Fixed Income Market Summary August 2020
US Treasuries: Treasuries declined in August, the first down month since April. Treasury yields rose across the curve as economic data started showing signs of improvement. This in turn led to concerns about future inflation (a catalyst for higher interest rates) despite Federal Reserve Chair Jerome Powell reiterating the Fed’s accommodative policy stance.
Municipals: Municipals generated negative returns in August, following the lead of Treasuries. Sentiment in this market is strong and relative valuations improved despite a down month. Municipal issuance increased further in the latter part of the month, bringing yields off all-time lows. Banks continue to return to the municipal market as a significant buyer.
Corporates: Corporate bond prices, both investment-grade and high-yield, retreated in August despite the risk-on rally. Corporate spreads widened slightly during the month. Issuance continued its surge in August as companies added leverage to their balance sheets while borrowing costs are historically cheap.
TREASURY MARKET OVERVIEW
The Treasury market softened in August as heavy risk-on sentiment prevailed, with the S&P 500 rallying 7% and the NASDAQ gaining 11%. While the economic outlook remains uncertain, the labor market showed near-term improvement. The headline numbers for the employment report released in August showed a decline in the unemployment rate and re-addition of jobs after the massive job loss earlier in 2020. After initial claims showed an increase late in July, initial claims decline sharply in August, reaching new lows during the pandemic. The weekly average of new jobless claims in August was 1.07 million versus 1.43 million for the previous 2 months. At the very least, these data points are moving in the right direction, although there is a long way to go to return to pre-COVID levels.
With this equity rally and improving economic sentiment, Treasuries declined 0.97% as measured by IEF (7-10 Year Treasury ETF). Total return for 2020 is still above 11%, the best performing domestic fixed income sector.
The increase in Treasury yields was further bolstered by inflation-related comments from Fed Chair Jerome Powell. At last month’s Economic Policy Symposium in Jackson Hole, Powell unveiled a new framework to monitor and control inflation. In short, the Fed scraped its 2% inflation target and will now allow it to run “moderately” above that 2% target. He referenced the challenges presented by higher inflation (using the 1970s as an example) but warned that persistent low inflation over the last several years risks additional economic difficulties. Core personal consumption expenditures, the metric the Fed uses to measure inflation, has averaged 1.6% since 2012. Inflation is running below the target in the current economic cycle as aggregate demand has fallen sharply. However, Powell further indicated that if excessive inflationary pressures were to build, the committee would not hesitate to act.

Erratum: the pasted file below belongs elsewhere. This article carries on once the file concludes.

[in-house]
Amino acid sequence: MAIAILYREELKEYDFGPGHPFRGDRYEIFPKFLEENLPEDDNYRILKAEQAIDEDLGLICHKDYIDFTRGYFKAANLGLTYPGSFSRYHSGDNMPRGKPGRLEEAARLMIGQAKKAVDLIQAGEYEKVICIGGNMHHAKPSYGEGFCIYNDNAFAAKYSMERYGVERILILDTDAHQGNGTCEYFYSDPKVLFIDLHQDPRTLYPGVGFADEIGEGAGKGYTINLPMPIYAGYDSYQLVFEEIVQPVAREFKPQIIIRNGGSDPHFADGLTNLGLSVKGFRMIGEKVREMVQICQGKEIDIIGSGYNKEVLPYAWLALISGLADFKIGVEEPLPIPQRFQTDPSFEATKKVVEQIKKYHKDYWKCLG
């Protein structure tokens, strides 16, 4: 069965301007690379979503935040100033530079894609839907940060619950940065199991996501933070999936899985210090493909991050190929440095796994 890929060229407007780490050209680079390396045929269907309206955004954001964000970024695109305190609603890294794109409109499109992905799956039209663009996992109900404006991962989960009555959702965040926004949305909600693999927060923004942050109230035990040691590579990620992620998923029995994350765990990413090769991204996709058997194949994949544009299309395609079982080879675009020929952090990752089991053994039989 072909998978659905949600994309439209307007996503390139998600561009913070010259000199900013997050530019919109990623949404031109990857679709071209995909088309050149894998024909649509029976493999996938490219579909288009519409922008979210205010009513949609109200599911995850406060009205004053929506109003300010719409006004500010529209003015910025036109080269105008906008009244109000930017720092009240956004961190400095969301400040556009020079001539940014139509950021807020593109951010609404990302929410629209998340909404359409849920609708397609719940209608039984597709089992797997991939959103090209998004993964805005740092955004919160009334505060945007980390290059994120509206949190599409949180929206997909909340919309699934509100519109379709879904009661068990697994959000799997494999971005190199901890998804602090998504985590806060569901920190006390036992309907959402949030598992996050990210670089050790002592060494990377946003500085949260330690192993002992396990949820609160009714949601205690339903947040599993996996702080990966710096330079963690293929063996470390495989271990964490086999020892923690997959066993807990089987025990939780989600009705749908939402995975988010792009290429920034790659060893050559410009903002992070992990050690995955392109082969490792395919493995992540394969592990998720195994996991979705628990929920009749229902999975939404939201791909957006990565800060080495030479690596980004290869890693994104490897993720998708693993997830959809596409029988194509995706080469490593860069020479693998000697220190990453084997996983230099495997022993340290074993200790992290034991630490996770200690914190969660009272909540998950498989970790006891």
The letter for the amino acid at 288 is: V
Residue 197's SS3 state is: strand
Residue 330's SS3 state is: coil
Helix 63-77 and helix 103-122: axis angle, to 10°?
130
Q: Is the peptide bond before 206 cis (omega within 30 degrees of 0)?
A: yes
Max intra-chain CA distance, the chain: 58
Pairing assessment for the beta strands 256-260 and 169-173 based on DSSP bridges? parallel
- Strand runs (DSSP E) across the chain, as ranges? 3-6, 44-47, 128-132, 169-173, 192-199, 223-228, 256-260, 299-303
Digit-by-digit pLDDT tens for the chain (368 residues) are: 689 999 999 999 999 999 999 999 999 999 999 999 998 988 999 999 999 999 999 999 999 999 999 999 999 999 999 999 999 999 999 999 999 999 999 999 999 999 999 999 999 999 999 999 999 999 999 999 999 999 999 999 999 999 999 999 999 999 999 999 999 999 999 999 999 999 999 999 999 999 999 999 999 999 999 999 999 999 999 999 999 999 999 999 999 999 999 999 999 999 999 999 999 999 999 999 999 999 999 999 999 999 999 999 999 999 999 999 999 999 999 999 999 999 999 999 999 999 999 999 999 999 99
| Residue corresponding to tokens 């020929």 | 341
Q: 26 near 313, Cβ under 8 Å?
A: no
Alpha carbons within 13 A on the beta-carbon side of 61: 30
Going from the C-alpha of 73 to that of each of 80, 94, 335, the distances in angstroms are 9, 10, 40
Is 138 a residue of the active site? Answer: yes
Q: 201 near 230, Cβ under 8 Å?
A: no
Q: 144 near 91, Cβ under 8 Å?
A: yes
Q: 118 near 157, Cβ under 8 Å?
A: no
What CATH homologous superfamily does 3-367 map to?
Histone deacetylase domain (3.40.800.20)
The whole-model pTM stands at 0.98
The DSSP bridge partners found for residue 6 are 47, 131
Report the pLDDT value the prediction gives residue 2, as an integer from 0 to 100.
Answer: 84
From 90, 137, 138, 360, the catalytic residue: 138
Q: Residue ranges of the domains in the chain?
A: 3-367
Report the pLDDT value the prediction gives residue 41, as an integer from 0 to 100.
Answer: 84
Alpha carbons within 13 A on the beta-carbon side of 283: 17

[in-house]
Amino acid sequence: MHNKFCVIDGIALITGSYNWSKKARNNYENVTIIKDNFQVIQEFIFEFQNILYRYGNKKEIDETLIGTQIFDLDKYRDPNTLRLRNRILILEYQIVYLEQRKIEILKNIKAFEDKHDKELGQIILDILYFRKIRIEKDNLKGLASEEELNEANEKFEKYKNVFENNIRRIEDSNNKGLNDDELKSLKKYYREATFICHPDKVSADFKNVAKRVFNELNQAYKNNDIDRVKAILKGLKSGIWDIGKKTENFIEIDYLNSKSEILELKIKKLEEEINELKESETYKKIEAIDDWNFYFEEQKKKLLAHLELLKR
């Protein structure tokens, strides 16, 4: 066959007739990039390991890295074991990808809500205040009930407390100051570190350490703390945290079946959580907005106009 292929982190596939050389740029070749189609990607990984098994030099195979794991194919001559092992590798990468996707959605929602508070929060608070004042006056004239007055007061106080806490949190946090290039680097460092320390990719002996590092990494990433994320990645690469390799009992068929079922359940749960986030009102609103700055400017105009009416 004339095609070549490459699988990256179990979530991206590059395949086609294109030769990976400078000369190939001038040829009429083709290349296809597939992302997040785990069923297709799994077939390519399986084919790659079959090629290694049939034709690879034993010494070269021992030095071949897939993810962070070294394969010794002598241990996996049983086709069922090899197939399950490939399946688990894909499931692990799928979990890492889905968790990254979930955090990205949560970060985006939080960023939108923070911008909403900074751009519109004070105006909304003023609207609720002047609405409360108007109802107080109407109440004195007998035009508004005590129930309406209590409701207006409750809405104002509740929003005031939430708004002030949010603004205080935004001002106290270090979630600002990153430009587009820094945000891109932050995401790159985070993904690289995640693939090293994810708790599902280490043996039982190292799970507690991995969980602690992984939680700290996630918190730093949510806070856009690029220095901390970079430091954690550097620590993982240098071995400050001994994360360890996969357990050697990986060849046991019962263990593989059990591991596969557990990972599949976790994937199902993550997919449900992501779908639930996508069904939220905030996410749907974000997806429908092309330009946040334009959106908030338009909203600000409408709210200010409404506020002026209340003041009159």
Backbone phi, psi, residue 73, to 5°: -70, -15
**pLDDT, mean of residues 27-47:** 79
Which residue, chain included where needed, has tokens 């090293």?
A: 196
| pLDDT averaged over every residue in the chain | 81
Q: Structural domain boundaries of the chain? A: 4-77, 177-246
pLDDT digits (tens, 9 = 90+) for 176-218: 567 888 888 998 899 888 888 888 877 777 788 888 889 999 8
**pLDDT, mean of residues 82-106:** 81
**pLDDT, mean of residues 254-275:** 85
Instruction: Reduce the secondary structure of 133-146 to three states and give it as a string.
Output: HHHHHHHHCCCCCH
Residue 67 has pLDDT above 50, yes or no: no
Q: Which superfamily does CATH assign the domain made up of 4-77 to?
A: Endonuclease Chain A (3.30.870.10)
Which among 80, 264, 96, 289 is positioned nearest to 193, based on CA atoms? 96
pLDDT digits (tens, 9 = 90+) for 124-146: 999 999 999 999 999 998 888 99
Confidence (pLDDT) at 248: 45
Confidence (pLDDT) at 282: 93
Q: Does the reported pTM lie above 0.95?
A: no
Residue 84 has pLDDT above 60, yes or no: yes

The next Fed meeting is September 15-16 where the committee will likely expand on the implementation and monitoring of this new policy. We also expect the Fed to continue to reiterate its accommodative policy stance, keeping interest rates bound to 0 until at least 2022.
All this news caused the Treasury yield curve to steepen notably in August. Using the difference between the yield on the 2-year Treasury and 10-year Treasury as a benchmark, the curve steepened from 0.42% to 0.57%. The 10-year Treasury increased 0.18% to close the month at 0.71%, the highest end of month close since February. This was also the largest monthly increase for the benchmark yield since January 2018. At the same time, the real yield on 10-year Treasuries reached a new all-time low of -1.08% on August 31. There is a slight hint of inflation and Treasury yields finally gained a little momentum to the upside in August. We will see if this continues as we head into the last 4 months of 2020.
MUNICIPAL MARKET OVERVIEW
Tax-Exempt Yield Summary:
Tax-Exempt Yields as a Percentage of Treasuries:
Municipal bonds declined in August, snapping a 3-month streak of gains. The sector lost 0.59% as measured by MUB, the iShares National Municipal Bond ETF. After closing July at an all-time low of 0.64% and falling even further to a new all-time low of 0.56% on August 7, the 10-year AAA municipal benchmark yield finished August at 0.80%.
Market activity in August caused the municipal yield curve to steepen during the month. Using the spread between the 2-year AAA yield and 10-year AAA yield, spreads increased from 0.52% to 0.64%. Short-term municipal yields increased in August, notably so versus Treasuries with short-term maturities, likely due to lingering concerns over budget shortfalls for many municipalities. On the longer end, the 10-year AAA muni/TSY ratio closed the month at 115%, a slight change from last month’s close of 120%. The long-term historical average for this ratio is about 80-85%, so municipals still may have room to tighten with ratios above 100% across the entire curve.